So… I wrote an LGBT YA Fantasy.

So… I wrote an LGBT love story.

A YA fantasy where two girls fall in love in a kingdom where such relationships are frowned on.

I’ve written 34 full novels now as well as a bunch of short stories, and I can’t say I’ve been as excited (or as nervous) about any of them as I am about The Eldritch Heart.

Two or so years ago, I was at the day job and I overheard someone (I still don’t know who it was, merely a voice floating over cubicle walls) complaining in earnest about how “disgraceful” it was that Disney put out a movie with two girls “doing lesbian stuff.” Of course, this particular example of genius was talking about Frozen, which has nothing whatsoever to do with two girls in love. (I didn’t bother to insert myself into the discussion to point out that they are sisters in that story.) However, hearing that did get me thinking about the lack of those kinds of stories. I got the idea to write a “princess story” where the princess falls in love with another girl instead of the handsome prince everyone expects her to marry. I jotted down a couple of early ideas for a plot – arranged marriage the princess doesn’t want any part of, a servant girl she’s close friends with, running away, some magic going on, etc. I had a bunch of other projects on the table at the time (writing and editing) so I set this file aside.

Eventually, my writing schedule opened and I found myself staring at this file again. And I’m thinking to myself: How would people react to a cis man writing a princess story where two girls fall in love? I hesitated, unsure if I could do it justice.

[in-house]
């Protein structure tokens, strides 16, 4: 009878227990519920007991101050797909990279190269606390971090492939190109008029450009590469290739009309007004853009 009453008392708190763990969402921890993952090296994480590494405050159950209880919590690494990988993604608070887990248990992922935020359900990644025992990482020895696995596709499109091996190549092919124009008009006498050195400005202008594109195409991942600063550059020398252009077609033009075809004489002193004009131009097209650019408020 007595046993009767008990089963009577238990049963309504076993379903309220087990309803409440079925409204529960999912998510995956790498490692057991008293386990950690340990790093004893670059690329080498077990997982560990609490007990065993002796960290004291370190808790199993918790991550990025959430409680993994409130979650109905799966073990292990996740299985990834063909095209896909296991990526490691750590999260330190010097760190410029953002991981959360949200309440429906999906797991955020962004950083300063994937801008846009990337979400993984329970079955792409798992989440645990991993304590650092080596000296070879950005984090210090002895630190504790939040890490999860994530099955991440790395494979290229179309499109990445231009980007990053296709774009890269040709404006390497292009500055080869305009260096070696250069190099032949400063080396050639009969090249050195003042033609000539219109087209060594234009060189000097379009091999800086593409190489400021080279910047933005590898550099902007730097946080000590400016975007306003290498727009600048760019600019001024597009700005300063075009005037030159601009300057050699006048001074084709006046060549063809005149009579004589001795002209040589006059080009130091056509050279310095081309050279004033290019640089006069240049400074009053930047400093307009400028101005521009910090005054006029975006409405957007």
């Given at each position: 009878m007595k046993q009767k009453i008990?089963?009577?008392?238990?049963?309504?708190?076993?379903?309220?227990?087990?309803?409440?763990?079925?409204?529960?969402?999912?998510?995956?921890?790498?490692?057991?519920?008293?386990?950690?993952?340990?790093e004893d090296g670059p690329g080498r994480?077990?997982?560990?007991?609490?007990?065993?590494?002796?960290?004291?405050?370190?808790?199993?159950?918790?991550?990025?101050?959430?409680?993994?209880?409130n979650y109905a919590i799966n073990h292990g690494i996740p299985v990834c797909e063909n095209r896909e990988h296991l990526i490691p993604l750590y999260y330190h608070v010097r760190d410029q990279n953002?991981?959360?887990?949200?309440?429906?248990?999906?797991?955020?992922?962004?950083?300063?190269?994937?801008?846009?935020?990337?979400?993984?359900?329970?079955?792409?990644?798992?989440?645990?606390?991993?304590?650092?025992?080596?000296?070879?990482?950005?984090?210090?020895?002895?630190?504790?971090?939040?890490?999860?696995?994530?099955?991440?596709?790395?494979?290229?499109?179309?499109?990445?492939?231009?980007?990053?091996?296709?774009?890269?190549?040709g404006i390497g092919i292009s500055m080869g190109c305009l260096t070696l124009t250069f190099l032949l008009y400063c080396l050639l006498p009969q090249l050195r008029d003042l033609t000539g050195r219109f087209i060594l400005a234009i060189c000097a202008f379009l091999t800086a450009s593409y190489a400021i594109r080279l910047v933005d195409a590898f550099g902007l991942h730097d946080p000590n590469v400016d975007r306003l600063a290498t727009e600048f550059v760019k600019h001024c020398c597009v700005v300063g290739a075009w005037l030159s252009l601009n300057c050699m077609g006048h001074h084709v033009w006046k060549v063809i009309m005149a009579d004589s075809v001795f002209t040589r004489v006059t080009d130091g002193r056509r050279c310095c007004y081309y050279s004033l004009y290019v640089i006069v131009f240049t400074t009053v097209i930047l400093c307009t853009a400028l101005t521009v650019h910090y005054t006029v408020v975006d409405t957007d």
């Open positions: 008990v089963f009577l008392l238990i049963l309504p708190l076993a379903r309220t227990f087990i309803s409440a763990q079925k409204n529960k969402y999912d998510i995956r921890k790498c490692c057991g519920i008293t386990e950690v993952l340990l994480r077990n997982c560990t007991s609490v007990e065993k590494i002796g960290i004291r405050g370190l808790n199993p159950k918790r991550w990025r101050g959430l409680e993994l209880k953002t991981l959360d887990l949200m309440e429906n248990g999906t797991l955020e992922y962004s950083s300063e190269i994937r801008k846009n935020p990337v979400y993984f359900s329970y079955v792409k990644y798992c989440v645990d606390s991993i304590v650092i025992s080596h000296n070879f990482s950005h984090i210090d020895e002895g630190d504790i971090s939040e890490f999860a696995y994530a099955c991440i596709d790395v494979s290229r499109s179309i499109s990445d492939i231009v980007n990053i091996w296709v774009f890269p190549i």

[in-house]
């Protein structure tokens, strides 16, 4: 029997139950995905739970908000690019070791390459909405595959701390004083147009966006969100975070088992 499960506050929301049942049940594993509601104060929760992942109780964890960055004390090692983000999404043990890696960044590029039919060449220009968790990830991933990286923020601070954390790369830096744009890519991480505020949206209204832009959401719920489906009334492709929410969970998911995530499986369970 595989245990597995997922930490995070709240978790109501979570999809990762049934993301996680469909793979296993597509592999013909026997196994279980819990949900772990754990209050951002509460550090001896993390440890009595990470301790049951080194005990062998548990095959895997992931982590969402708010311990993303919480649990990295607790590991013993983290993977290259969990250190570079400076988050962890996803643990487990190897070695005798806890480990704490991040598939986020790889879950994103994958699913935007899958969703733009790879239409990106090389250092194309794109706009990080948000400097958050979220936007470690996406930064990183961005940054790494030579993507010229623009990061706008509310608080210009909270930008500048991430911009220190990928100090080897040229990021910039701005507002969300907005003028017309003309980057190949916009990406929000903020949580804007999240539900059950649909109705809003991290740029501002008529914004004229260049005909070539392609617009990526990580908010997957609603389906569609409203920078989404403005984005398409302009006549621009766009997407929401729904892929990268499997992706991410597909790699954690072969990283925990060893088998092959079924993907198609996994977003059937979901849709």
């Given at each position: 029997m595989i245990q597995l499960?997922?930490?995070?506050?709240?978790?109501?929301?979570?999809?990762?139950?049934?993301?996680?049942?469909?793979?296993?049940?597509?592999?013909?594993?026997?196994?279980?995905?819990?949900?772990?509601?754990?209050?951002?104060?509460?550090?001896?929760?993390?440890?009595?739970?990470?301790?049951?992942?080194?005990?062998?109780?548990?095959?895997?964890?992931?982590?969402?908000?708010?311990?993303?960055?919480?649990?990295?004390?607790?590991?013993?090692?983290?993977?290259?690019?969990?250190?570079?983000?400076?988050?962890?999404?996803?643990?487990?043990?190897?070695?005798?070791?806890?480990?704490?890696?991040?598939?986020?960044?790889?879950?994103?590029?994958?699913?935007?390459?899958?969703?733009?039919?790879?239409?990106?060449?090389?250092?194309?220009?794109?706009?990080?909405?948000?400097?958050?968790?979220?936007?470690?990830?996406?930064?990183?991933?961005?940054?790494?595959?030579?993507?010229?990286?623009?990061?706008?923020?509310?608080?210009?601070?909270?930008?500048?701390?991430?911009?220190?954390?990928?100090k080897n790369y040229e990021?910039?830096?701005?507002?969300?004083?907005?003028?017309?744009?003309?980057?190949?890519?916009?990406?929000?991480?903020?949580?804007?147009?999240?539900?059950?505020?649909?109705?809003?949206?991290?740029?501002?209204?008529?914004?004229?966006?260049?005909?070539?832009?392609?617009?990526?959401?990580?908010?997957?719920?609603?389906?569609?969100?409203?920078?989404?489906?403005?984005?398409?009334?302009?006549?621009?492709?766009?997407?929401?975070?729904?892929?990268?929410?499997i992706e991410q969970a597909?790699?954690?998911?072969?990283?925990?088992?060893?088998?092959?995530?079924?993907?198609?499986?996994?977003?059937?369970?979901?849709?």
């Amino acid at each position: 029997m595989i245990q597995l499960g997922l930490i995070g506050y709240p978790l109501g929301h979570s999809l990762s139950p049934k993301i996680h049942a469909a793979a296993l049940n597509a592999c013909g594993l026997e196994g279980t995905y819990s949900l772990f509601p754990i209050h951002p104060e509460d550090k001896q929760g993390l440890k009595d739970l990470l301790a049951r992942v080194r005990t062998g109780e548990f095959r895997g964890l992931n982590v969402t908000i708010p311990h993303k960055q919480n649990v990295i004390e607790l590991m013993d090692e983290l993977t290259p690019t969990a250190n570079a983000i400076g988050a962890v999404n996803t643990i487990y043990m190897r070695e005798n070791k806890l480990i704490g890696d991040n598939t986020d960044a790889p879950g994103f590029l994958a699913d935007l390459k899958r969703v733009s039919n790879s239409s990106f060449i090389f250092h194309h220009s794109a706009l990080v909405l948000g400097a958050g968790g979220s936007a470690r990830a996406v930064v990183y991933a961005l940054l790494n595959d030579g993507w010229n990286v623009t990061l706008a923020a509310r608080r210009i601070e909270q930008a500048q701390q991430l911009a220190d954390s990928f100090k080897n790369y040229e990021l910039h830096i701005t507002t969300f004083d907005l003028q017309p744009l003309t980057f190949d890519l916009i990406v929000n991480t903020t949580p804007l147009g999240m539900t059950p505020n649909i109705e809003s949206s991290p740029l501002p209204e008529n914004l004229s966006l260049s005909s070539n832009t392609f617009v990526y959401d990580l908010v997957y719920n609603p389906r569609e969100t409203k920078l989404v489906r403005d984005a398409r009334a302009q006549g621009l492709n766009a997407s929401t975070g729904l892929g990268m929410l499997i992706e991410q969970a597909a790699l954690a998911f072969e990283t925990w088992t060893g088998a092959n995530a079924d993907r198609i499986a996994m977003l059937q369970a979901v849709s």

Enter a beta reader.

At request, I’m going to be anonymous here… but there is a woman who has done a fair amount of beta reading for me. As we exchanged more and more emails and got to know each other as “internet friends” tend to do, she mentioned that her eldest daughter had recently come out to her after a long period of being terrified to tell anyone. There are still people in their circle who don’t know, and that is the reason for the vagueness here. Anyway, when I heard how the daughter had such a harrowing path to walk leading up to her decision to finally tell her mother the truth – all the fear involved… that made me decide that I needed to at least try to write this book.

So, I pulled open that little list of notes and added to it, fleshed out the characters and their motivations, the kingdom, and the storyline.

Magic… check.

Fantasy creatures… check.

Two kingdoms at war… check.

Once I had the chapter outline done and revised a few times, I sat down and started writing.

And something happened… for a while, I stopped worrying how people would react to me trying to tell this kind of story and got engrossed in it. Eldritch Heart became a tale of two people deeply in love with each other but so afraid of losing the person they love to hatred they can’t bring themselves to speak their true feelings. When, finally, the moment comes for the characters to be in a position where they can no longer keep silent, that scene where they admit their feelings for each other got me misty-eyed. Every time I read over the draft during self-edits, publisher edits, and final proofread, that scene gets me.